### Squares that aren't squares?

Updated with solutions!

Today I want to highlight a square problem I saw at MathNotations. I hope Dave Marain doesn't mind me showing this picture and problem on my blog... I have no problem acknowledging it's from his blog. I COULD just tell you all to "go read it at Dave's blog....

BUT I don't feel that's the best way, IF I want you to think about this. I can just guess that most of the folks would feel too lazy to click on the link and go read it there (would you?). So I want to show it here.

Figures not drawn to scale! And this is important!

Now here's the question:

The IDEA is to make our students THINK LOGICALLY, or practice their deductive reasoning skills. A great little problem.

The answers:

Figure 1 is not necessarily a square. The upper left corner angle can be of any size. The upper side can be of any length. And so on. See here two examples.

Figure two is not necessarily a square either since the "top" side can be of any length. But it is a rectangle.

Figure 3 in the original problem IS always a square!

Now, I'll write another post where we'll extend this idea to some parallelograms.

Today I want to highlight a square problem I saw at MathNotations. I hope Dave Marain doesn't mind me showing this picture and problem on my blog... I have no problem acknowledging it's from his blog. I COULD just tell you all to "go read it at Dave's blog....

BUT I don't feel that's the best way, IF I want you to think about this. I can just guess that most of the folks would feel too lazy to click on the link and go read it there (would you?). So I want to show it here.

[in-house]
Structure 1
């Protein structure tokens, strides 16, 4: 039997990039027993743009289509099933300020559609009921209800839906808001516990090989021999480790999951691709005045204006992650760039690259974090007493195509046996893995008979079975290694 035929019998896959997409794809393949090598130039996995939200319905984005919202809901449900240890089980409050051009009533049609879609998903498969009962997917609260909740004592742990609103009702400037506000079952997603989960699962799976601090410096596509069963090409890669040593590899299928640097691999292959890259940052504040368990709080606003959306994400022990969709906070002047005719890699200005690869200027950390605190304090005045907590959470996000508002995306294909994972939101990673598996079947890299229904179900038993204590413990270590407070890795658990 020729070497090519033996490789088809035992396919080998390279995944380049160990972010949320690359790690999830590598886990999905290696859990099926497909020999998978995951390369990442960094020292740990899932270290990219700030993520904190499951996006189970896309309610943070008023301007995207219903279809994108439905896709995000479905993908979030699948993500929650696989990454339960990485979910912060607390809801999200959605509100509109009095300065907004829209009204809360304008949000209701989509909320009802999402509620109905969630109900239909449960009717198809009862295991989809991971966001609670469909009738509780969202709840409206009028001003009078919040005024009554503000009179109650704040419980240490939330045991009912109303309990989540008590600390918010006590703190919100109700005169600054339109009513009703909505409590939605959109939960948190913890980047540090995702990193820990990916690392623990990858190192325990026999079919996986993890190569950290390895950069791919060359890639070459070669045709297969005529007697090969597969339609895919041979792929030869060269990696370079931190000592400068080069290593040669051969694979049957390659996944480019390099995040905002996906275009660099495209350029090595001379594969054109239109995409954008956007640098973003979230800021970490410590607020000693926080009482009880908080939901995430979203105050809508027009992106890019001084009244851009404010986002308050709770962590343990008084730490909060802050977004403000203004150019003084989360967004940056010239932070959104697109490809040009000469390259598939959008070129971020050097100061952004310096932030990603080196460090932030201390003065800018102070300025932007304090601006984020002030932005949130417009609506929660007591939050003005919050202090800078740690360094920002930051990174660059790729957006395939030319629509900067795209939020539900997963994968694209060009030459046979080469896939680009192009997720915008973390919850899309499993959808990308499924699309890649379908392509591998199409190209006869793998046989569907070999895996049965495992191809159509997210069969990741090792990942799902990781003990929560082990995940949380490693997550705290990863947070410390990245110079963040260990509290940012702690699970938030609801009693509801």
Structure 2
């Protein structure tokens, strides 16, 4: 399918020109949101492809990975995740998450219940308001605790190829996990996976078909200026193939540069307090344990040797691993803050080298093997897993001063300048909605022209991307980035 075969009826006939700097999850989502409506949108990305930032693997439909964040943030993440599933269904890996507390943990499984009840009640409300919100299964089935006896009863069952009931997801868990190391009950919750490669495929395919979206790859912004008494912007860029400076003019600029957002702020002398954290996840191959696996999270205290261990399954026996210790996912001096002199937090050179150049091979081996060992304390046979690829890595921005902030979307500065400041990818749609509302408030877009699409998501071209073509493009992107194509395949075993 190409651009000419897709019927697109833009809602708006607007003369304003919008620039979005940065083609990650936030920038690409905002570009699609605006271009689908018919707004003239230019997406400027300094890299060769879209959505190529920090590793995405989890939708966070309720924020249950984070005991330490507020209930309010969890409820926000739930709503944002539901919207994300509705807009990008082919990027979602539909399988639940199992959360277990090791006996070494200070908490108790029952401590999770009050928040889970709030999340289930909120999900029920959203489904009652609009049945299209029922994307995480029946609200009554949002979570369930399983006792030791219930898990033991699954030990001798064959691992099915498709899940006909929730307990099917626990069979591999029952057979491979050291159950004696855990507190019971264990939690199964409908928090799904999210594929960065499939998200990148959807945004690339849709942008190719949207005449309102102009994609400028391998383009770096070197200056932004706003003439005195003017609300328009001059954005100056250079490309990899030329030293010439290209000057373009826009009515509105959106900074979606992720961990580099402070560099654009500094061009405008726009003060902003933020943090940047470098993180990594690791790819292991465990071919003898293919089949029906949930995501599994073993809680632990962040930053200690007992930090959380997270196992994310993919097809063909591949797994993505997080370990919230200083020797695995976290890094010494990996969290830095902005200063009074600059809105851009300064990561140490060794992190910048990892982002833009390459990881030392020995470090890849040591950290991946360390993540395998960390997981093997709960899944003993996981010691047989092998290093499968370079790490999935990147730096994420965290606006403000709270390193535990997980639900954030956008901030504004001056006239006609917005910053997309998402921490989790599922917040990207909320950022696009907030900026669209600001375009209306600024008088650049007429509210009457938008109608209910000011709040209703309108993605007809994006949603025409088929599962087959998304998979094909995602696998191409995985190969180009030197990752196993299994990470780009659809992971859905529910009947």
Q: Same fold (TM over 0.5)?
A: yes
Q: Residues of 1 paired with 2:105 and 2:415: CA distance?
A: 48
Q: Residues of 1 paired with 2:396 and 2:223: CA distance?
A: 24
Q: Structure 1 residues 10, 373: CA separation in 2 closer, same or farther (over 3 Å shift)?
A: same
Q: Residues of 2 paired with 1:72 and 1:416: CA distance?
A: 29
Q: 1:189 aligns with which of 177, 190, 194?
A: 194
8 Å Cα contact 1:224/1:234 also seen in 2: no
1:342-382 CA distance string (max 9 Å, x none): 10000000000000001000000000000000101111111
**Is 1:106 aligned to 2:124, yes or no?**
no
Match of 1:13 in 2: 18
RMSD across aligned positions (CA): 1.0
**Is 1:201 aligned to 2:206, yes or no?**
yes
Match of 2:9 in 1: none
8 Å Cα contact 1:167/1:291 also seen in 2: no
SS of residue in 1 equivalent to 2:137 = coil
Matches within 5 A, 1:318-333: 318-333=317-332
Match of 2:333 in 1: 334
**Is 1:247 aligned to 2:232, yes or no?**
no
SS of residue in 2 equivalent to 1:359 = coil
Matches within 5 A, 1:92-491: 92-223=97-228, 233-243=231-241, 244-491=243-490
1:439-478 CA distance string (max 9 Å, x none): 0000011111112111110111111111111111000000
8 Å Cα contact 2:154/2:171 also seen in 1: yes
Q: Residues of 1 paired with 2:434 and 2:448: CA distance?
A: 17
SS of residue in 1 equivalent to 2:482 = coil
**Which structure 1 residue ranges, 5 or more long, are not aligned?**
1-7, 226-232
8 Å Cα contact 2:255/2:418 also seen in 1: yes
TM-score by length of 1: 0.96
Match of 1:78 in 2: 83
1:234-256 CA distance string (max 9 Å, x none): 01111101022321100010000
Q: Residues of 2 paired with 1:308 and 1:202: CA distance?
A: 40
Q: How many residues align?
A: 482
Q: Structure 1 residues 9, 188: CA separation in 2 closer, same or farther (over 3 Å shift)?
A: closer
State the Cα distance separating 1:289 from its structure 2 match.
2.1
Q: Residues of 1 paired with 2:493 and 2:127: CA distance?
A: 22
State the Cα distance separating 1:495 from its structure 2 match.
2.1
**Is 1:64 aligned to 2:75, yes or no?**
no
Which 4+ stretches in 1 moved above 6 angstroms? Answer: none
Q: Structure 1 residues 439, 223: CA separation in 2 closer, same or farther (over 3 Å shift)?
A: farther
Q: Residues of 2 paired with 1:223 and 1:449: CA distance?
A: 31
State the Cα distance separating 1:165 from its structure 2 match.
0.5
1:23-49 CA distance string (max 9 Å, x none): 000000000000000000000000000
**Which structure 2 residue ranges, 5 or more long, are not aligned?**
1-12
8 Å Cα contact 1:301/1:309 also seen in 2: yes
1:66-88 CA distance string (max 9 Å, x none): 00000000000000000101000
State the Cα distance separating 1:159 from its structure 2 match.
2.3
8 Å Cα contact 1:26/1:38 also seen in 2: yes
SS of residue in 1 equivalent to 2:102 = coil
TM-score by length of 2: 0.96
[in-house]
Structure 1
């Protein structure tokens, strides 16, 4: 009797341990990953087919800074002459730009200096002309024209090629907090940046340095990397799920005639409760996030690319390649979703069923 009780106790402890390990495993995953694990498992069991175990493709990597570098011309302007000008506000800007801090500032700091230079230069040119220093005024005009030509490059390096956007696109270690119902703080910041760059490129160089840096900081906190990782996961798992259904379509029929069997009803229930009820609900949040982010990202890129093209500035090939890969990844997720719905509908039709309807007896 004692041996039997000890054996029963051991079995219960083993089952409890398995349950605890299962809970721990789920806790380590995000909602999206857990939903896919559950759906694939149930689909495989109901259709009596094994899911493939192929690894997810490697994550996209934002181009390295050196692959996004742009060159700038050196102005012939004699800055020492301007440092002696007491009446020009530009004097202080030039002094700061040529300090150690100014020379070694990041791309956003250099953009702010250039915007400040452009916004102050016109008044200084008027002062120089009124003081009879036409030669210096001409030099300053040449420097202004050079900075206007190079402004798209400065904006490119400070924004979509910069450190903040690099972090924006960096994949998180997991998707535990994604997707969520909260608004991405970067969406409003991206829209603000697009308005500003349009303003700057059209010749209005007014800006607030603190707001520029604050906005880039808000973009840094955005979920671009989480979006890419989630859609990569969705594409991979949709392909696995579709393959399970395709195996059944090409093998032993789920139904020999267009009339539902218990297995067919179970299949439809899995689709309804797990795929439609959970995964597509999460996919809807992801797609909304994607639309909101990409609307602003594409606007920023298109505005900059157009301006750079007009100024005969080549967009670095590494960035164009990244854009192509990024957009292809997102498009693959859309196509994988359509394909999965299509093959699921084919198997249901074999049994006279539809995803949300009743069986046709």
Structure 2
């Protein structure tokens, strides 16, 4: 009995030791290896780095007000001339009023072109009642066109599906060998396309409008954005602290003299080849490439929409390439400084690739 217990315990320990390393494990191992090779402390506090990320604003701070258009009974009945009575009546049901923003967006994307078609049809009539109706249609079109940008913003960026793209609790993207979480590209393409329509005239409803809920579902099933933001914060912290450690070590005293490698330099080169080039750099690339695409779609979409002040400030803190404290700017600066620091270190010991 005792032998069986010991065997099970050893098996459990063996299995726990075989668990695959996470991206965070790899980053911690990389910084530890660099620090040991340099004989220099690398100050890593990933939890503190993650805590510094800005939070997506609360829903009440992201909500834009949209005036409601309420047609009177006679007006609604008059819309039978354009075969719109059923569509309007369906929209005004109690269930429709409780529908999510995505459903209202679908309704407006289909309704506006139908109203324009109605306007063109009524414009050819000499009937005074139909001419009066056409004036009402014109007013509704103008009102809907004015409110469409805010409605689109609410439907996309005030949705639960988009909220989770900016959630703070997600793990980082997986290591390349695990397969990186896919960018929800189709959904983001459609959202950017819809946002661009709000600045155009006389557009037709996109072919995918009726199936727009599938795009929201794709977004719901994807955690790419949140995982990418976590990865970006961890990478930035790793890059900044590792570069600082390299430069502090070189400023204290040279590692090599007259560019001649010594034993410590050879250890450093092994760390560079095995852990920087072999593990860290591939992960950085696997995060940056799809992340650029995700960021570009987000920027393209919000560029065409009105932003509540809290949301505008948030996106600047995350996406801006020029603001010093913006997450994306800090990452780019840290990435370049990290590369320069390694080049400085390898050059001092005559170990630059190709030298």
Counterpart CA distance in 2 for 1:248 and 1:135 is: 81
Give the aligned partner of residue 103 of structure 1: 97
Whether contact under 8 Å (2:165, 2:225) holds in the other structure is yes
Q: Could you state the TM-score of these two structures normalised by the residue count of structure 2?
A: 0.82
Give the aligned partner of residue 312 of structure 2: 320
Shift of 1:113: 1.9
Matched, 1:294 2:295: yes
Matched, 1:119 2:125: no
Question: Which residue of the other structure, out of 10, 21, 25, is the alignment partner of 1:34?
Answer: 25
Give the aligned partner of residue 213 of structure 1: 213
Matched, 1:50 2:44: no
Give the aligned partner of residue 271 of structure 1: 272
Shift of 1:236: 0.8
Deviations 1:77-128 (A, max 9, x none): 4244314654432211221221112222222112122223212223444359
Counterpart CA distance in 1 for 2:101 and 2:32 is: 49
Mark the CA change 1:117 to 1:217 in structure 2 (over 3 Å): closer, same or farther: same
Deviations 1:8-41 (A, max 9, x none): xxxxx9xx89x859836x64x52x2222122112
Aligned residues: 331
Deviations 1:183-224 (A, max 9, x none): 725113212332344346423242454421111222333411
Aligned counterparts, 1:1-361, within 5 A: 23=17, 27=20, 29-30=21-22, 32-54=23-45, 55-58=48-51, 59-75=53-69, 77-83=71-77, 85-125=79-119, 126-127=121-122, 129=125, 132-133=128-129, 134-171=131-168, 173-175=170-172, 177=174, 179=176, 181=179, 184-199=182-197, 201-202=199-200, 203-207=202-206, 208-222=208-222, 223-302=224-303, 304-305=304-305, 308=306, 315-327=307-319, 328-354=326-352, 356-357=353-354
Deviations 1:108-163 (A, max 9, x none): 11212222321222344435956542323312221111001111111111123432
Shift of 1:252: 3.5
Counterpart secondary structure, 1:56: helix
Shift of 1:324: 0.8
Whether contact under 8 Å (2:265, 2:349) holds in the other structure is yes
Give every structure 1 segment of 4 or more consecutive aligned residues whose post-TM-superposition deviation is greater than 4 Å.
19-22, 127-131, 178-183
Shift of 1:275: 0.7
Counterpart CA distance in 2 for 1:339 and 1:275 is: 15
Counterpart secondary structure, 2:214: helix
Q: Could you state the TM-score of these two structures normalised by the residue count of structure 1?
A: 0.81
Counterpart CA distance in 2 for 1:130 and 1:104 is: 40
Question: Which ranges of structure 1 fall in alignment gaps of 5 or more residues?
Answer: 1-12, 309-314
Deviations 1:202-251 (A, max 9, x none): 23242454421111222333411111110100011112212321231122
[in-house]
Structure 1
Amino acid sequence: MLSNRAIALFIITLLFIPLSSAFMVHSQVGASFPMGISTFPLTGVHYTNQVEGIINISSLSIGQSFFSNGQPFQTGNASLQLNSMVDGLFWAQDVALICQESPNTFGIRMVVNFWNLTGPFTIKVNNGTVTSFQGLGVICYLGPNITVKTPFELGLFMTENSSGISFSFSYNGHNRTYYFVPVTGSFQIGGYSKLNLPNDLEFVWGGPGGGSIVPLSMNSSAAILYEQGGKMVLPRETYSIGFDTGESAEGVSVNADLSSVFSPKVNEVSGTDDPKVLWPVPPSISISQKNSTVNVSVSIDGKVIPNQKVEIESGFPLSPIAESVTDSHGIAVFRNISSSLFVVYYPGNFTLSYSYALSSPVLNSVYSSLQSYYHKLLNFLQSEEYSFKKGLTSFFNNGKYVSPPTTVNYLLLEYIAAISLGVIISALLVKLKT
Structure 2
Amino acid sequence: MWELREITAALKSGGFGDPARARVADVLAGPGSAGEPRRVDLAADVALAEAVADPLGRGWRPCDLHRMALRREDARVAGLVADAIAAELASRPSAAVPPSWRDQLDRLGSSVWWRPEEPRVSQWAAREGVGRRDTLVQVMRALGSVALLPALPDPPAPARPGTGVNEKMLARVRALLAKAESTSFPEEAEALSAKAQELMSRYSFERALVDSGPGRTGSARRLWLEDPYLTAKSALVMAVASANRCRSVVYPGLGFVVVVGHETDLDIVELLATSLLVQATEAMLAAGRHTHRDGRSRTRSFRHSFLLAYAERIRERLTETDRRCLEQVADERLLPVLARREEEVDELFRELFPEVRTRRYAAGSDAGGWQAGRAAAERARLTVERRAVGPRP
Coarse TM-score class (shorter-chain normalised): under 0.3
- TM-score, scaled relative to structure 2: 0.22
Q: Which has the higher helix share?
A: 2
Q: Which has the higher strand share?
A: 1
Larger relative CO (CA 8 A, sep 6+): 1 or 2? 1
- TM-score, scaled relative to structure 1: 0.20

Now here's the question:

Does the given information in each diagram guarantee that each is a square?

If you don't think so, your mission is to draw a quadrilateral with the given information but that clearly does NOT look like a square.

The IDEA is to make our students THINK LOGICALLY, or practice their deductive reasoning skills. A great little problem.

The answers:

Figure 1 is not necessarily a square. The upper left corner angle can be of any size. The upper side can be of any length. And so on. See here two examples.

Figure two is not necessarily a square either since the "top" side can be of any length. But it is a rectangle.

Figure 3 in the original problem IS always a square!

Now, I'll write another post where we'll extend this idea to some parallelograms.